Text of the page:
Written by: Justine Ko, MD (NUEM PGY-1) Edited by: Hashim Zaidi, MD (NUEM PGY-3) Expert commentary by: Rehan Hussain, MD
Hi Drs. Ko & Zaidi,
Thank you for this great review on emergency management of open globe injuries. The presentation of open globe injuries can vary widely depending on the mechanism of injury, and so can the final visual outcome. For obvious ruptured globes with peaked pupils or extruding intraocular contents, I am glad you emphasized that it is best to avoid any manipulation of the eye to prevent further extrusion of contents or increase the risk of infection. Cover the eye with a shield, start topical and systemic antibiotics, and consult ophthalmology so they can arrange surgery in a timely manner. The patient must be kept NPO to avoid delaying surgery unnecessarily. Definitely don’t check the eye pressure if you already know it is a ruptured globe.
For the less obvious ruptured globes, which may sometimes mimic a corneal or conjunctival abrasion, it is imperative to perform a Seidel test carefully. This involves placing a wet fluorescein strip (not the pre-made drop) over the suspected entry site, looking at it under the cobalt blue light of the slit lamp, and checking to see if a stream of aqueous fluid is coming out of the injury site (it can be either quick or a slow stream). Fluorescein staining in absence of a stream of fluid indicates that only an abrasion is present. When in doubt, consult ophthalmology for confirmation. Other slit lamp findings that may be present include subconjunctival hemorrhage, chemosis, corneal abrasion, hyphema, flat anterior chamber, iris defects, foreign body in the anterior chamber, or traumatic cataract.
For imaging workup, CT of the ORBITS is preferable, as it allows for 1 mm sections that increase the likelihood of detecting small intraocular foreign bodies (IOFB) that might be missed with a standard head CT. MRI should be avoided as it is slow, costly, and can cause movement of metallic IOFBs, causing further damage to the eye. Gentle ultrasound over the closed eyelids could be used in absence of availability of CT, but I prefer to avoid it since puts pressure on the eye.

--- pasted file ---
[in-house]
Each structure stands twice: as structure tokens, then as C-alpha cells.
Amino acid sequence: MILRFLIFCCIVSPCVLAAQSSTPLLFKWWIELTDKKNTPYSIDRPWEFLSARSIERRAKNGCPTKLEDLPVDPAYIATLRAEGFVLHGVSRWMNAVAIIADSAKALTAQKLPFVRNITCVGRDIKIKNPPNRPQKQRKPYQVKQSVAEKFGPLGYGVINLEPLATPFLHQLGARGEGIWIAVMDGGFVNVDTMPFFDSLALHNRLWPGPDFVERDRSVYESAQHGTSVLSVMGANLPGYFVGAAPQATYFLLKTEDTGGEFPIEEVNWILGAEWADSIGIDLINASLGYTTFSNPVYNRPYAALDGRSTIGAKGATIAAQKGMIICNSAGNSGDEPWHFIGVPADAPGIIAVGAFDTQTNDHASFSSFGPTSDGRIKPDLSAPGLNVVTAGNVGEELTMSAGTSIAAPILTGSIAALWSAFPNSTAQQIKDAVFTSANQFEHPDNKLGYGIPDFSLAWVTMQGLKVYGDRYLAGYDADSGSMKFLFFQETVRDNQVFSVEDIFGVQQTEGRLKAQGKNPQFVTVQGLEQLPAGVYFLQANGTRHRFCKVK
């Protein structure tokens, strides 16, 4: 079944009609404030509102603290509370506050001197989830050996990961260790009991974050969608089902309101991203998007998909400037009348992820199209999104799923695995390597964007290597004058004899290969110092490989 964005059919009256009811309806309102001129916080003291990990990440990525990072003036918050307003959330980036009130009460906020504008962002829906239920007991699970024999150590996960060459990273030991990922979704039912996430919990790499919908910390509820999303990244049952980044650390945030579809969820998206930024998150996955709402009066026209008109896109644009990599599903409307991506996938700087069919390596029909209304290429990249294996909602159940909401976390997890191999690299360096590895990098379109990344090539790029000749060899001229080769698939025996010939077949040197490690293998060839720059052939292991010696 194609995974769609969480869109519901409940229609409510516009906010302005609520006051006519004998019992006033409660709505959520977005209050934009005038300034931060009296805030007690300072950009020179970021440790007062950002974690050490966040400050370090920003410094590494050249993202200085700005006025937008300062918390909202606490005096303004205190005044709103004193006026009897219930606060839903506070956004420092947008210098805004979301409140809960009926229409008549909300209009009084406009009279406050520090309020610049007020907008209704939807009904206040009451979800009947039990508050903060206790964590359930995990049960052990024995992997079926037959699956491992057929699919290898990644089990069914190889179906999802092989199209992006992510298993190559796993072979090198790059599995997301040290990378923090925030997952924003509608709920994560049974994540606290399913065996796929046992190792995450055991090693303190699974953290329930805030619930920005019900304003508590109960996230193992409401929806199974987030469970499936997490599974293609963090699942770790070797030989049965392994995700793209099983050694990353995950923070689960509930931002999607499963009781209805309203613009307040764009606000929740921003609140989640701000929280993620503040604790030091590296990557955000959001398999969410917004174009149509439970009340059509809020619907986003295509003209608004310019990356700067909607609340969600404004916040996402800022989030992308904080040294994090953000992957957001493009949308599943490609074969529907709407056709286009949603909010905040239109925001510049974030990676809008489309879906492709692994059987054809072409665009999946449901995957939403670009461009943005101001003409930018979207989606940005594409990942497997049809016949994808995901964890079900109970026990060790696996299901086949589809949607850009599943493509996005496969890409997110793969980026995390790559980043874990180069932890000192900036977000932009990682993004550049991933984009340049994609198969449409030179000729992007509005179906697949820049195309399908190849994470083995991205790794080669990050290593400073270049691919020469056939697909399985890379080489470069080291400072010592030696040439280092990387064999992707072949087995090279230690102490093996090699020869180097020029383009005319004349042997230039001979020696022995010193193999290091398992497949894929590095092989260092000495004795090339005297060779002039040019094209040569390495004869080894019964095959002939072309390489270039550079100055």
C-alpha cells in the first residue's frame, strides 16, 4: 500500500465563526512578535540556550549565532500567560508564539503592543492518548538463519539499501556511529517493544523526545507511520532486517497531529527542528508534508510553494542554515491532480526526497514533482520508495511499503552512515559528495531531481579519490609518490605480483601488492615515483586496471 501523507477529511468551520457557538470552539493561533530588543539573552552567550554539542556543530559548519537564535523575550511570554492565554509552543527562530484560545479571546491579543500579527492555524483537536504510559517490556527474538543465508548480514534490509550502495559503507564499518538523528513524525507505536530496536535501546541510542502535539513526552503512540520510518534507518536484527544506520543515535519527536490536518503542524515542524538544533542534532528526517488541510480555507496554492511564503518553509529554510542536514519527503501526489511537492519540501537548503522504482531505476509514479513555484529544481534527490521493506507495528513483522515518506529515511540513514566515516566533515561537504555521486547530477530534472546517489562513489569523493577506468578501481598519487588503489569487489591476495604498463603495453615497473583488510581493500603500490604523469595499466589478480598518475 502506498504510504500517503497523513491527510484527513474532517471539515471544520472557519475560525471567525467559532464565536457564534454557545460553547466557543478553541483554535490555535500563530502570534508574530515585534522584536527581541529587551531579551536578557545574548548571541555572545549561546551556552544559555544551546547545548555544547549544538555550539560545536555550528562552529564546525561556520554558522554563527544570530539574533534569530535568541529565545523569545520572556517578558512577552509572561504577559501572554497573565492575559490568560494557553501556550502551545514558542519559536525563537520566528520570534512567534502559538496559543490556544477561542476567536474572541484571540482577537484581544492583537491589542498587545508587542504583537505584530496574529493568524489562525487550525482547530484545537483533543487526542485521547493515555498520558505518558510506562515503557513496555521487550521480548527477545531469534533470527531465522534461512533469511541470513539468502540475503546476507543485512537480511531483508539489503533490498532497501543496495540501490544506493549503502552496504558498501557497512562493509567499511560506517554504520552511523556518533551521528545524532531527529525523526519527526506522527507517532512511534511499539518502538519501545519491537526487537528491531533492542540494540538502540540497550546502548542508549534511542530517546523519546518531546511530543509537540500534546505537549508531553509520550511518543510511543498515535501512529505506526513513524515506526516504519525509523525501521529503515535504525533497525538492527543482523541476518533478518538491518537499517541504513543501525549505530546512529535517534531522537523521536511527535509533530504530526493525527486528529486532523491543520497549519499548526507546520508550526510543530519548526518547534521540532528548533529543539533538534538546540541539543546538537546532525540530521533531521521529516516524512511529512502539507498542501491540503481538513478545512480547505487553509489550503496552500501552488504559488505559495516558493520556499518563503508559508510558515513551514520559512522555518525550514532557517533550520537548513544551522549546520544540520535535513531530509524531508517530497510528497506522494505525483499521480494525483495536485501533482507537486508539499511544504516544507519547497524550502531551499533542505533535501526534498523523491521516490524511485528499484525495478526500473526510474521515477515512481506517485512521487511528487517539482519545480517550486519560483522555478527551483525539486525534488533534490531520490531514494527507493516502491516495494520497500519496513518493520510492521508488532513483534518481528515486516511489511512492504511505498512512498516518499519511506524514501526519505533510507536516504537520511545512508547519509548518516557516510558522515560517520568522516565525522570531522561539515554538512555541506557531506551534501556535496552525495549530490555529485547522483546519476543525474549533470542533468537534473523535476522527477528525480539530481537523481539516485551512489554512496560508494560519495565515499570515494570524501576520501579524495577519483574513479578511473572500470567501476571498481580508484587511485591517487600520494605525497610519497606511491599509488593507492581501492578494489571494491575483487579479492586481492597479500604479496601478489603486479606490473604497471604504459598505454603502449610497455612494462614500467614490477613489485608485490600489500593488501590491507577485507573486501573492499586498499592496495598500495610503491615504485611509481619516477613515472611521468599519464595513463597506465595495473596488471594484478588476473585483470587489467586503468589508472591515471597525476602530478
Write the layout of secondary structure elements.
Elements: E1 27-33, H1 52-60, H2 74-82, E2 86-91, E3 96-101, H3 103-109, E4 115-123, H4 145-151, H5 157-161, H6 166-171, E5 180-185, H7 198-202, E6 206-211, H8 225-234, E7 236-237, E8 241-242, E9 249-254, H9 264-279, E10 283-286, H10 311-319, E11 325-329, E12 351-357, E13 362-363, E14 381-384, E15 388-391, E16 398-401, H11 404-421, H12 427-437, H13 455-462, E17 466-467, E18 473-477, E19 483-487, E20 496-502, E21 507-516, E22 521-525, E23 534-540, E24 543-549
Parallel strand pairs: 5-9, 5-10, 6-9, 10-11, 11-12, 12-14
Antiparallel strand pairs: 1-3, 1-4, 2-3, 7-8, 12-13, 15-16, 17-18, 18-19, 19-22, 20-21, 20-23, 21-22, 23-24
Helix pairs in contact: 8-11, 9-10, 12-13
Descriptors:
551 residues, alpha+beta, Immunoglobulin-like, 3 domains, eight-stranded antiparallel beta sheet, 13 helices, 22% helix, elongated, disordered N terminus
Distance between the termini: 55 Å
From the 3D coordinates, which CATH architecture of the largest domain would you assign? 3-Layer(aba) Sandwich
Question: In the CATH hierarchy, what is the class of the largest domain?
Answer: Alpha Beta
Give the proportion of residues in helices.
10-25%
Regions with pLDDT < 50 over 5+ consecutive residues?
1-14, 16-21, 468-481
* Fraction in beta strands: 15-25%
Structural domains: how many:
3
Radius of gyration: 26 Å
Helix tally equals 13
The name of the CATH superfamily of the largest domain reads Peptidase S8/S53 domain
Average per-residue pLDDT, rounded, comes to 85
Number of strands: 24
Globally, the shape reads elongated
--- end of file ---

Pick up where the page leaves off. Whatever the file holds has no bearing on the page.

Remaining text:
The patient and family members are often times distraught over the injury, and appropriate counseling is an essential part of the encounter. They frequently ask if they will be permanently blind. I avoid making any predictions on the final visual outcome, as it is difficult to predict and can lead to either unmet expectations or unnecessary anxiety. I say that the goal is to save the eye at this time, and we will follow closely to see how the vision turns out. Sometimes patients do very well if the extent of injury is not severe, but on other occasions patients require multiple surgeries to correct associated retinal detachment, vitreous hemorrhage, or lens dislocation. If appropriate antibiotic therapy is not initiated, there is an increased risk of developing endophthalmitis, which portends a poor visual prognosis.
Rehan Hussain, MD
Vitreoretinal Surgery Fellow, Bascom Palmer Eye Institute, Univeristy of Miami
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How to cite this post
[Peer-Reviewed, Web Publication] Ko J, Zaidi H (2018, Feb 26). Open Globe Injury. [NUEM Blog. Expert Commentary By Hussain R]. Retrieved from http://www.nuemblog.com/blog/globe-rupture.
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